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Transpl Int ; 34(11): 2122-2137, 2021 11.
Article in English | MEDLINE | ID: covidwho-1352507


Strict isolation of vulnerable individuals has been a strategy implemented by authorities to protect people from COVID-19. Our objective was to investigate health-related quality of life (HRQoL), uncertainty and coping behaviours in solid organ transplant (SOT) recipients during the COVID-19 pandemic. A cross-sectional survey of adult SOT recipients undergoing follow-up at our institution was performed. Perceived health status, uncertainty and coping strategies were assessed using the EQ-5D-5L, Short-form Mishel Uncertainty in Illness Scale (SF-MUIS) and Brief Cope, respectively. Interactions with COVID-19 risk perception, access to health care, demographic and clinical variables were assessed. The survey was completed by 826 of 3839 (21.5%) invited participants. Overall, low levels of uncertainty in illness were reported, and acceptance was the major coping strategy (92%). Coping by acceptance, feeling protected, self-perceived susceptibility to COVID-19 were associated with lower levels of uncertainty. Health status index scores were significantly lower for those with mental health illness, compromised access to health care, a perceived high risk of severe COVID-19 infection and higher levels of uncertainty. A history of mental health illness, risk perceptions, restricted healthcare access, uncertainty and coping strategies was associated with poorer HRQoL in SOT recipients during strict isolation. These findings may allow identification of strategies to improve HRQoL in SOT recipients during the pandemic.

COVID-19 , Organ Transplantation , Adaptation, Psychological , Adult , Cross-Sectional Studies , Humans , Pandemics , Quality of Life , SARS-CoV-2 , Transplant Recipients , Uncertainty
Gut ; 70(10): 1914-1924, 2021 10.
Article in English | MEDLINE | ID: covidwho-1318040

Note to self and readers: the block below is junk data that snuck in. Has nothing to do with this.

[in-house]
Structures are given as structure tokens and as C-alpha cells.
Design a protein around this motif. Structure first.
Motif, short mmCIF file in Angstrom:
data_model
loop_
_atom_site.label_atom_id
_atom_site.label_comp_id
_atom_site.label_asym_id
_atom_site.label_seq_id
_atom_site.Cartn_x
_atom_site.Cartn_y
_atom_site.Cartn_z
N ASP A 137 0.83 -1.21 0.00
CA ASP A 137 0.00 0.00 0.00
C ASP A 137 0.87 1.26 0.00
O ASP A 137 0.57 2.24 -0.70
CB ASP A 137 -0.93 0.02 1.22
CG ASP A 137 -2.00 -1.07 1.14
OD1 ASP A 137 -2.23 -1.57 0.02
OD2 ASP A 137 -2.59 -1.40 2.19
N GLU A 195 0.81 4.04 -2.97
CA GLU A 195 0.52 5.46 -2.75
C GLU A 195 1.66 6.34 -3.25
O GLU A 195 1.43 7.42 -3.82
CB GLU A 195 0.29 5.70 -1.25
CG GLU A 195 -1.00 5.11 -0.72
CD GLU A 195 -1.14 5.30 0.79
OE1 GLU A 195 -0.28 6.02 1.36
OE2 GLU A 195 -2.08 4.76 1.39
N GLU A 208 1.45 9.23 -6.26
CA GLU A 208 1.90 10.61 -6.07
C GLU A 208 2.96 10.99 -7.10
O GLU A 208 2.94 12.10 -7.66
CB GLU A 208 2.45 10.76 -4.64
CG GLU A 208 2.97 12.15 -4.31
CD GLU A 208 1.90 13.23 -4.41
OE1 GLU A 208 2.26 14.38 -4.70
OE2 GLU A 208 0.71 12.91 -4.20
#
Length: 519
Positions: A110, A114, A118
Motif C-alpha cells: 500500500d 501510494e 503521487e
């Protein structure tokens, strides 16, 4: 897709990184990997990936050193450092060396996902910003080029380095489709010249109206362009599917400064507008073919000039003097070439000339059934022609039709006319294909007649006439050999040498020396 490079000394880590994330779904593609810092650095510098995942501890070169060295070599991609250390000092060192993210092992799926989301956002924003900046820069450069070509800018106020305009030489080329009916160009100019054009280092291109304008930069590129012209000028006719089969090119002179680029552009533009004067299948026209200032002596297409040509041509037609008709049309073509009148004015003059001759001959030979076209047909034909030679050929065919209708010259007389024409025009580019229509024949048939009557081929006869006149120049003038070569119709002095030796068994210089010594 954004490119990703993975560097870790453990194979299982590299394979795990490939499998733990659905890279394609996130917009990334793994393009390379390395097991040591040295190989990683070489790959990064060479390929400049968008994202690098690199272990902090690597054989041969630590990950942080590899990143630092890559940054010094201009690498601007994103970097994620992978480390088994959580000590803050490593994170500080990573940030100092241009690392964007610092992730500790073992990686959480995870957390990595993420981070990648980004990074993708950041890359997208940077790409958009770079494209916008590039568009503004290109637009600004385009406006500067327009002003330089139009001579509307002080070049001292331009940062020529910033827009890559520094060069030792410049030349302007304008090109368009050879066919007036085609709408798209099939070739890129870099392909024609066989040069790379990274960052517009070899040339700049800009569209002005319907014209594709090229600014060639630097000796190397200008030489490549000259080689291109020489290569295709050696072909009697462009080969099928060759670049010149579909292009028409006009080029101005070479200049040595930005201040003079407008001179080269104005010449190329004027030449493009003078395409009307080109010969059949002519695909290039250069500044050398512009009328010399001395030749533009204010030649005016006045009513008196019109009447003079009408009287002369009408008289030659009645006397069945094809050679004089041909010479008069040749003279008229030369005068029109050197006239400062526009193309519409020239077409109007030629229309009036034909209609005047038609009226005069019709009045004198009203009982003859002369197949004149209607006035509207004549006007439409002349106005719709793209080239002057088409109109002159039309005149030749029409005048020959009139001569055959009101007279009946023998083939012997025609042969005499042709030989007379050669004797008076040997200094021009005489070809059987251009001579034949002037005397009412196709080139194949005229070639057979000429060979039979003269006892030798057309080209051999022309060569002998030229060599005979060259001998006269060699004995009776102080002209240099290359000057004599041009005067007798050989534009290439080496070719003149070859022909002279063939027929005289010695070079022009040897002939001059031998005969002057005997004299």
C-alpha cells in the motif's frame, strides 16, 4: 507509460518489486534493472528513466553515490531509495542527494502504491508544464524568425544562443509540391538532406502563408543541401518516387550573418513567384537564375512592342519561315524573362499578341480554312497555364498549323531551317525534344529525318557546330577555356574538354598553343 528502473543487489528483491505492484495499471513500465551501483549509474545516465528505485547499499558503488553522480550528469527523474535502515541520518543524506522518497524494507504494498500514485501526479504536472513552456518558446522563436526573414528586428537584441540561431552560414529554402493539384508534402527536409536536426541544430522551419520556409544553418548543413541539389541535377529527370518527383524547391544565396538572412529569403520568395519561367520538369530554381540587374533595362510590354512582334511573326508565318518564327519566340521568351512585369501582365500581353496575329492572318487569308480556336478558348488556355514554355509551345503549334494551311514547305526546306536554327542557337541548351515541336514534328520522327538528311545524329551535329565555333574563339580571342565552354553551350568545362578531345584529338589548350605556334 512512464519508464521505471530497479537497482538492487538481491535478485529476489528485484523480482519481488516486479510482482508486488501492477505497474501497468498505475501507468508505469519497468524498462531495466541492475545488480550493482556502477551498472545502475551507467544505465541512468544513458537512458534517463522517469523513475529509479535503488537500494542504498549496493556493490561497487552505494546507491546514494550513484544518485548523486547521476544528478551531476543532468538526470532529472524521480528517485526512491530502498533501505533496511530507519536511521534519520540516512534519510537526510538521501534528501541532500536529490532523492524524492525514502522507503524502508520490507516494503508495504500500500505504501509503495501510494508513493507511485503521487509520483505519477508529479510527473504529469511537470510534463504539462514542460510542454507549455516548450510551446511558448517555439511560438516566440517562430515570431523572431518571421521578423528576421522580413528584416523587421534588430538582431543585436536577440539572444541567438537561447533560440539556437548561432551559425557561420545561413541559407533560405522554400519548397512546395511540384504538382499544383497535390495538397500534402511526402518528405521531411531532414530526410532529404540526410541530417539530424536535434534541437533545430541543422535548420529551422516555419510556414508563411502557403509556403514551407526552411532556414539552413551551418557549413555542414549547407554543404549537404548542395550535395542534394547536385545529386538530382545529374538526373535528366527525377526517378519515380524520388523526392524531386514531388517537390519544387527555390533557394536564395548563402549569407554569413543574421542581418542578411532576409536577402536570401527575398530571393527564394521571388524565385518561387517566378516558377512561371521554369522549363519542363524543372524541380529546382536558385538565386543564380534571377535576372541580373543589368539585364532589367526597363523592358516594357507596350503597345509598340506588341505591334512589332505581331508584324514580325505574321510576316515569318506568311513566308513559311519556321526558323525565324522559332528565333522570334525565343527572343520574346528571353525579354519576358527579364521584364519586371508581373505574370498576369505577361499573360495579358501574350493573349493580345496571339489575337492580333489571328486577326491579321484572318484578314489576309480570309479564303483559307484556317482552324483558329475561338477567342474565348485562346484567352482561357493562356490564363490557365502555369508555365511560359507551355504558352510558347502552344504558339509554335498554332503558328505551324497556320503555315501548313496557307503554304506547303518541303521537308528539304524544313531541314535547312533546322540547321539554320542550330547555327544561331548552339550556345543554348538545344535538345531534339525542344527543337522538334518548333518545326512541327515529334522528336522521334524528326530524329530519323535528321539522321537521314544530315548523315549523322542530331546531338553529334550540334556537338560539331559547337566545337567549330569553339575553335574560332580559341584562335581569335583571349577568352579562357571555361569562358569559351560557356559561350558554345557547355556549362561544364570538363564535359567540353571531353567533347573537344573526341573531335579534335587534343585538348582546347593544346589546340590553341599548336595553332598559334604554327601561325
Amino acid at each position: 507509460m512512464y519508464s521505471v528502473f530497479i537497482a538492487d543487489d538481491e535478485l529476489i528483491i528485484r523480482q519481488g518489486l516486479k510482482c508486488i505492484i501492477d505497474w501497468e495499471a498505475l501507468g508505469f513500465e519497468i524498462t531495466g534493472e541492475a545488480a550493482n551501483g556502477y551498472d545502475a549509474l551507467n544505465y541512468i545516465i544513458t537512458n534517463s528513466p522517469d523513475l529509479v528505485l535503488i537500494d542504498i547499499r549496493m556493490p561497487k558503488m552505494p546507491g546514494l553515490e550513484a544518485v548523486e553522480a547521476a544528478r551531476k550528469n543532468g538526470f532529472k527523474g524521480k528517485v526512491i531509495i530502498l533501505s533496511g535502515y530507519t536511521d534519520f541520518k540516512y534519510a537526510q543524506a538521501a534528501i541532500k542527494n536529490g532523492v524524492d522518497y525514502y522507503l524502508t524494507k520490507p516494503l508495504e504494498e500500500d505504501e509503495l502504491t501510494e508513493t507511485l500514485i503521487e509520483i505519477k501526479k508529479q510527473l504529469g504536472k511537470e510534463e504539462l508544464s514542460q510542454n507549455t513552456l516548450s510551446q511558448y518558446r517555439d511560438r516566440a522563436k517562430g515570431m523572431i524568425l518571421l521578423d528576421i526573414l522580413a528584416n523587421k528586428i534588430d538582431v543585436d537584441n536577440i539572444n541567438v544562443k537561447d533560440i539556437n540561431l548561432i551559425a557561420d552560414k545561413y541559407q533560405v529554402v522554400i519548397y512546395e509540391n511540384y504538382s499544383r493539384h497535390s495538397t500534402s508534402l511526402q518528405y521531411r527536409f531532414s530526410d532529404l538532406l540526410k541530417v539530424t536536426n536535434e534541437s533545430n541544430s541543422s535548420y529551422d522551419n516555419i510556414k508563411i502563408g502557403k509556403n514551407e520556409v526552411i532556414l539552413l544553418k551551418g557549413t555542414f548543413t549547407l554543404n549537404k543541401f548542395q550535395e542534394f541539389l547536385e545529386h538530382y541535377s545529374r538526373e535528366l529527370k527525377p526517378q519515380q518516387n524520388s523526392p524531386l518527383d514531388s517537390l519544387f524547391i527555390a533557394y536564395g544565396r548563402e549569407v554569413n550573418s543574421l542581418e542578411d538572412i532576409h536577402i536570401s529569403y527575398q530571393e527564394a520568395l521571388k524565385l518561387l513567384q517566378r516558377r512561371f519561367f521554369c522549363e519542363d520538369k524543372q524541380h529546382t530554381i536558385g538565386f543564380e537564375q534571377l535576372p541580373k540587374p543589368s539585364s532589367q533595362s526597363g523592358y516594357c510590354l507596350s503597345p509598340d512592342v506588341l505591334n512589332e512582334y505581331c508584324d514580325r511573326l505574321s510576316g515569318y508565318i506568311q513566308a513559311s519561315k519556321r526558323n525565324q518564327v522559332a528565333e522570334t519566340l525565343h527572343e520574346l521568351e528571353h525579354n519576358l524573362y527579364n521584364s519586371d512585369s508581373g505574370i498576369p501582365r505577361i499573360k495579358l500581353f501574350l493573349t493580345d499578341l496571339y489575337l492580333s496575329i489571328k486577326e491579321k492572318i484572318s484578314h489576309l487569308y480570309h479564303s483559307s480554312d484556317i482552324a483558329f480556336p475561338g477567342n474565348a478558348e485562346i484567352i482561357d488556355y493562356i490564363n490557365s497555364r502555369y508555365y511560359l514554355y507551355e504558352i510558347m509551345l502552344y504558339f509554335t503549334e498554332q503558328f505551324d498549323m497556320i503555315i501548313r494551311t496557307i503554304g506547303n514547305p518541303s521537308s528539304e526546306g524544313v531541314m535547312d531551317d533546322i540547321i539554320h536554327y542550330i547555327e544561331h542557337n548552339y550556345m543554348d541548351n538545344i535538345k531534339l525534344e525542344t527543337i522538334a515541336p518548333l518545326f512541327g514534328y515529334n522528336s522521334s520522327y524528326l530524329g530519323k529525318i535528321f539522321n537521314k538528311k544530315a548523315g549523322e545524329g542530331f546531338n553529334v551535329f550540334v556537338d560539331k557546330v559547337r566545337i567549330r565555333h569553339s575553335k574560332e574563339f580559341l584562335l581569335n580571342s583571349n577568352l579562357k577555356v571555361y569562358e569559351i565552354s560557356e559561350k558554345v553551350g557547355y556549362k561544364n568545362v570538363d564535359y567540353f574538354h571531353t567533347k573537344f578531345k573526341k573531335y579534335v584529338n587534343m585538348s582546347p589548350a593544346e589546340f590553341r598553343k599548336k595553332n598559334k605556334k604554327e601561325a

OBJECTIVE: Explore the impact of COVID-19 on patients on the waiting list for liver transplantation (LT) and on their post-LT course. DESIGN: Data from consecutive adult LT candidates with COVID-19 were collected across Europe in a dedicated registry and were analysed. RESULTS: From 21 February to 20 November 2020, 136 adult cases with laboratory-confirmed SARS-CoV-2 infection from 33 centres in 11 European countries were collected, with 113 having COVID-19. Thirty-seven (37/113, 32.7%) patients died after a median of 18 (10-30) days, with respiratory failure being the major cause (33/37, 89.2%). The 60-day mortality risk did not significantly change between first (35.3%, 95% CI 23.9% to 50.0%) and second (26.0%, 95% CI 16.2% to 40.2%) waves. Multivariable Cox regression analysis showed Laboratory Model for End-stage Liver Disease (Lab-MELD) score of ≥15 (Model for End-stage Liver Disease (MELD) score 15-19, HR 5.46, 95% CI 1.81 to 16.50; MELD score≥20, HR 5.24, 95% CI 1.77 to 15.55) and dyspnoea on presentation (HR 3.89, 95% CI 2.02 to 7.51) being the two negative independent factors for mortality. Twenty-six patients underwent an LT after a median time of 78.5 (IQR 44-102) days, and 25 (96%) were alive after a median follow-up of 118 days (IQR 31-170). CONCLUSIONS: Increased mortality in LT candidates with COVID-19 (32.7%), reaching 45% in those with decompensated cirrhosis (DC) and Lab-MELD score of ≥15, was observed, with no significant difference between first and second waves of the pandemic. Respiratory failure was the major cause of death. The dismal prognosis of patients with DC supports the adoption of strict preventative measures and the urgent testing of vaccination efficacy in this population. Prior SARS-CoV-2 symptomatic infection did not affect early post-transplant survival (96%).

COVID-19/mortality , Liver Transplantation , Pneumonia, Viral/mortality , Transplant Recipients , Cause of Death , Europe/epidemiology , Female , Humans , Male , Middle Aged , Pneumonia, Viral/virology , Registries , Risk Factors , SARS-CoV-2 , Waiting Lists